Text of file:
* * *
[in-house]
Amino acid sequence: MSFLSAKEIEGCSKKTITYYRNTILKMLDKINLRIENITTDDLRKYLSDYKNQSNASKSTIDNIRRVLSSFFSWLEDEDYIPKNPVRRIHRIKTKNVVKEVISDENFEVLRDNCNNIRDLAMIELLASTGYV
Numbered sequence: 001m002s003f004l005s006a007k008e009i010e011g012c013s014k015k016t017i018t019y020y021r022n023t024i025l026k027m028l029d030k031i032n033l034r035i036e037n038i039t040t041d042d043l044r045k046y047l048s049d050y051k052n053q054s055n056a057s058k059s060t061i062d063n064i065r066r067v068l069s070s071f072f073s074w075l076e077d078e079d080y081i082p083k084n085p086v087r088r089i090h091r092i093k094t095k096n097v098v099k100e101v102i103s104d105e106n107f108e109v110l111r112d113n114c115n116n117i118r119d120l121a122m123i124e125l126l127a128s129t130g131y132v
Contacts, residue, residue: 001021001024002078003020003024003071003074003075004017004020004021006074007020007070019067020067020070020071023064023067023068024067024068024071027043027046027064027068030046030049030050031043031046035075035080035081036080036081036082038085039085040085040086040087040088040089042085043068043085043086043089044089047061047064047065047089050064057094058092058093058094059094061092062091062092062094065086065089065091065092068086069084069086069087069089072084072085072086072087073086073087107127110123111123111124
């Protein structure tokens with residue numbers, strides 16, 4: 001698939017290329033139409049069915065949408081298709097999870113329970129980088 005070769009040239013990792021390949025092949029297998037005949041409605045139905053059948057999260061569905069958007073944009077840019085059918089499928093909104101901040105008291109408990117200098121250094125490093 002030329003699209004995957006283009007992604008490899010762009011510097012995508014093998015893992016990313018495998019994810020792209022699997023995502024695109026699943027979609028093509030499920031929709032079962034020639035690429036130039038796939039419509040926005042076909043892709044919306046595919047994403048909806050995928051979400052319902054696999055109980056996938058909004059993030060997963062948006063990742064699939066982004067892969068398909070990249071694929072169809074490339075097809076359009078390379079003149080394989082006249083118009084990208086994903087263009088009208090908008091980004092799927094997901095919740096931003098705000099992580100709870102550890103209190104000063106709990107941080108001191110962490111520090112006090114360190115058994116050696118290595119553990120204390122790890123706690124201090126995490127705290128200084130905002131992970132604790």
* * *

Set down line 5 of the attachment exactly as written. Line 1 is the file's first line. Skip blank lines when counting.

């Protein structure tokens with residue numbers, strides 16, 4: 001698939017290329033139409049069915065949408081298709097999870113329970129980088 005070769009040239013990792021390949025092949029297998037005949041409605045139905053059948057999260061569905069958007073944009077840019085059918089499928093909104101901040105008291109408990117200098121250094125490093 002030329003699209004995957006283009007992604008490899010762009011510097012995508014093998015893992016990313018495998019994810020792209022699997023995502024695109026699943027979609028093509030499920031929709032079962034020639035690429036130039038796939039419509040926005042076909043892709044919306046595919047994403048909806050995928051979400052319902054696999055109980056996938058909004059993030060997963062948006063990742064699939066982004067892969068398909070990249071694929072169809074490339075097809076359009078390379079003149080394989082006249083118009084990208086994903087263009088009208090908008091980004092799927094997901095919740096931003098705000099992580100709870102550890103209190104000063106709990107941080108001191110962490111520090112006090114360190115058994116050696118290595119553990120204390122790890123706690124201090126995490127705290128200084130905002131992970132604790």